It was one of the odder subplots of the 2020 election: Last October, the New York Post reported that it had obtained a laptop purportedly belonging to Hunter Biden, the son of then-presidential candidate Joe Biden. The laptop, per the story, contained emails that incriminated Hunter, as well as his father’s possible involvement in business shenanigans.
Adding to the strangeness of the story was its sourcing, as the younger Biden had supposedly dropped off the laptop and never retrieved it, at which point its contents were furnished to Donald Trump’s attorney Rudy Giuliani, who was known to be digging up dirt on Hunter with associates in Ukraine. In addition, there were reports of turmoil within the newspaper itself, with reporters said to object to their bylines being included in the story.
Then, later that day, Twitter blocked access to the Post’s article, citing “our hacked materials Policy.”
Earlier this year, a report from the Office of the Director of National Intelligence (ODNI) listed the different countries that the intelligence community believes interfered in the 2020 election. That report stated that Russia once again intervened in the election, and that “Russian state media, trolls and online proxies, including those directed by Russian intelligence, published disparaging content about President Biden, his family, and the Democratic Party, and heavily amplified related content circulating in U.S. media, including stories centered on his son.”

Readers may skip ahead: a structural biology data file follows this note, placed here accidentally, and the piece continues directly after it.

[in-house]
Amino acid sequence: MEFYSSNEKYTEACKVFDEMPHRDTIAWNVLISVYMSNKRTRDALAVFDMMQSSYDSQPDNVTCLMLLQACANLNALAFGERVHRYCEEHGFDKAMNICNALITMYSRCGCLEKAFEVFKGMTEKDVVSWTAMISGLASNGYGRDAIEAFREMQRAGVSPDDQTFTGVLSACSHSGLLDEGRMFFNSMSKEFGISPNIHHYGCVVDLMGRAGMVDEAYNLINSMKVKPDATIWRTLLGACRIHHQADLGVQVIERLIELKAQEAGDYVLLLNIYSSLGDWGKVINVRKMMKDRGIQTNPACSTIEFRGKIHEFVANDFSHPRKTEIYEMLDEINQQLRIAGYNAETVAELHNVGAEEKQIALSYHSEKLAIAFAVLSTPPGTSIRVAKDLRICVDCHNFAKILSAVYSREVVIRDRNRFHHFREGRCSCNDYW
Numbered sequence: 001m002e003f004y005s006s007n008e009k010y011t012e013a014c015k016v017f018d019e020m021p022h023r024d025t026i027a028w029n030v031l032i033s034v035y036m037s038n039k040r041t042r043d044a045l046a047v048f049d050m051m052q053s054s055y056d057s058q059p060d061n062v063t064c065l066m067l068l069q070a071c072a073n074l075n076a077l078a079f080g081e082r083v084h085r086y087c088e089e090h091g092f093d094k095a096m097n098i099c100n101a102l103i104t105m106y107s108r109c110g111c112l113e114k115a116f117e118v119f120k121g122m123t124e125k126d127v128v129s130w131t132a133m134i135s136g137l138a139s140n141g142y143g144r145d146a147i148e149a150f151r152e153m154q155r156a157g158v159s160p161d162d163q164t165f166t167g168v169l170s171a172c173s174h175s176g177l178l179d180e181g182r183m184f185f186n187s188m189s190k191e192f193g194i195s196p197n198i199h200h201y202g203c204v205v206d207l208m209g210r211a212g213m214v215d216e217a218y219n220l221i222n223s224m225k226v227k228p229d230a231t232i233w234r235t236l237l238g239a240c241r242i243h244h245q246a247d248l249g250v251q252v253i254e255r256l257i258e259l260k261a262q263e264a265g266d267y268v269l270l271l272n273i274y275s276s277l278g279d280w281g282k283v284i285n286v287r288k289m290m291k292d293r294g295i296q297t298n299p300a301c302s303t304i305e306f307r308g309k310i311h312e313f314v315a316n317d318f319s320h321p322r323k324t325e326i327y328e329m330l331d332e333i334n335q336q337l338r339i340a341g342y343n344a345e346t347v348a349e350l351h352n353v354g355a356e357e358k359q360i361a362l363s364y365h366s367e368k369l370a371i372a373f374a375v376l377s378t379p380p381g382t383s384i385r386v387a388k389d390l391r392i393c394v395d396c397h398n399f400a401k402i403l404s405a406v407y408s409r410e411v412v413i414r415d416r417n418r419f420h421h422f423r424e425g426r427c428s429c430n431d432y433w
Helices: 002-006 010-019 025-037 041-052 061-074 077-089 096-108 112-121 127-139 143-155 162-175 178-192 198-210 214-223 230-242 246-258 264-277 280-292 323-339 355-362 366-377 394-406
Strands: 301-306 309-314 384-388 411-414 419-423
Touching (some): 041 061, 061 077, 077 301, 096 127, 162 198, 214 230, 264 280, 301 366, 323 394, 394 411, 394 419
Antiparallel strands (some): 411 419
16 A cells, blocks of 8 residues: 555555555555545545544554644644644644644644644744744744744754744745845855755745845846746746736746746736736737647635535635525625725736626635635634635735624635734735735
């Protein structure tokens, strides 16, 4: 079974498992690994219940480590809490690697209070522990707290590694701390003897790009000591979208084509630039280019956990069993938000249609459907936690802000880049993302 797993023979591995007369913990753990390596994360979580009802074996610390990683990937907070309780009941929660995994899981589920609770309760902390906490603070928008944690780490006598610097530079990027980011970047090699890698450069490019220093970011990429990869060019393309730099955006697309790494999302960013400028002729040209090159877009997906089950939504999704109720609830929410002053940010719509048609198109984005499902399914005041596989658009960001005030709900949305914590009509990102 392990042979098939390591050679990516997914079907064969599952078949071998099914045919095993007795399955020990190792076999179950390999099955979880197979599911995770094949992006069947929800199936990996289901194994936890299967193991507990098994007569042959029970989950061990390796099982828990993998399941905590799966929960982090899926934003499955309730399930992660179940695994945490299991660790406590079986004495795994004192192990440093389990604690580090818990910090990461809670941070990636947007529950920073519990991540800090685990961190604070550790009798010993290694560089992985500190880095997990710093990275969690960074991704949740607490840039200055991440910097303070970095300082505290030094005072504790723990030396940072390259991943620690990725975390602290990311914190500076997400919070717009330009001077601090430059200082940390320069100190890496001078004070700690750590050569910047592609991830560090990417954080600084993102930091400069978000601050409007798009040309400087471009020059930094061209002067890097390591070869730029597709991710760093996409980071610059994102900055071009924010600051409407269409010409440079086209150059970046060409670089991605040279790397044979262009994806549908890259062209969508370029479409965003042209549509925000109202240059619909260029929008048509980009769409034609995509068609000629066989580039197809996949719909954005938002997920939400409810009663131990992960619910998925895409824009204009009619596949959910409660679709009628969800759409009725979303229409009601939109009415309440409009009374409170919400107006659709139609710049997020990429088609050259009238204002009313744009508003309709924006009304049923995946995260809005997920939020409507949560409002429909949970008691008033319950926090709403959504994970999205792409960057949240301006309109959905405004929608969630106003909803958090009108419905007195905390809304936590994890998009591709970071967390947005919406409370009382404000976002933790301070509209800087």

The report, however, did not mention the laptop story specifically, and the role of Russia in the story remains unclear, nearly a year later.
However, there has now been a government ruling related to the Biden laptop affair.
According to the New York Times, the Federal Elections Commission (FEC) has ruled for Twitter and against the Republican National Committee (RNC). The RNC had accused Twitter of “using its corporate resources” to help the Biden campaign.
“The election commission determined that Twitter’s actions regarding the Hunter Biden article had been undertaken for a valid commercial reason, not a political purpose, and were thus allowable,” the Times said, citing a document it obtained from the ruling; That document does not appear to have been publicly released.
The FEC, the Times said, had issued a similar ruling in favor of Snapchat, and against the Trump campaign.
“I don’t feel sorry for him, as a computer repair tech, a customer’s data is sacred,” the Twitter account for A1 Computer Repair tweeted when the original story broke. “You never look at it, you never copy it, you definitely never share it. You do a backup when it is required and you delete it when the repair is done. He broke a customer’s trust which is game over.”
Stephen Silver, a technology writer for The National Interest, is a journalist, essayist and film critic, who is also a contributor to The Philadelphia Inquirer, Philly Voice, Philadelphia Weekly, the Jewish Telegraphic Agency, Living Life Fearless, Backstage magazine, Broad Street Review and Splice Today. The co-founder of the Philadelphia Film Critics Circle, Stephen lives in suburban Philadelphia with his wife and two sons. Follow him on Twitter at @StephenSilver.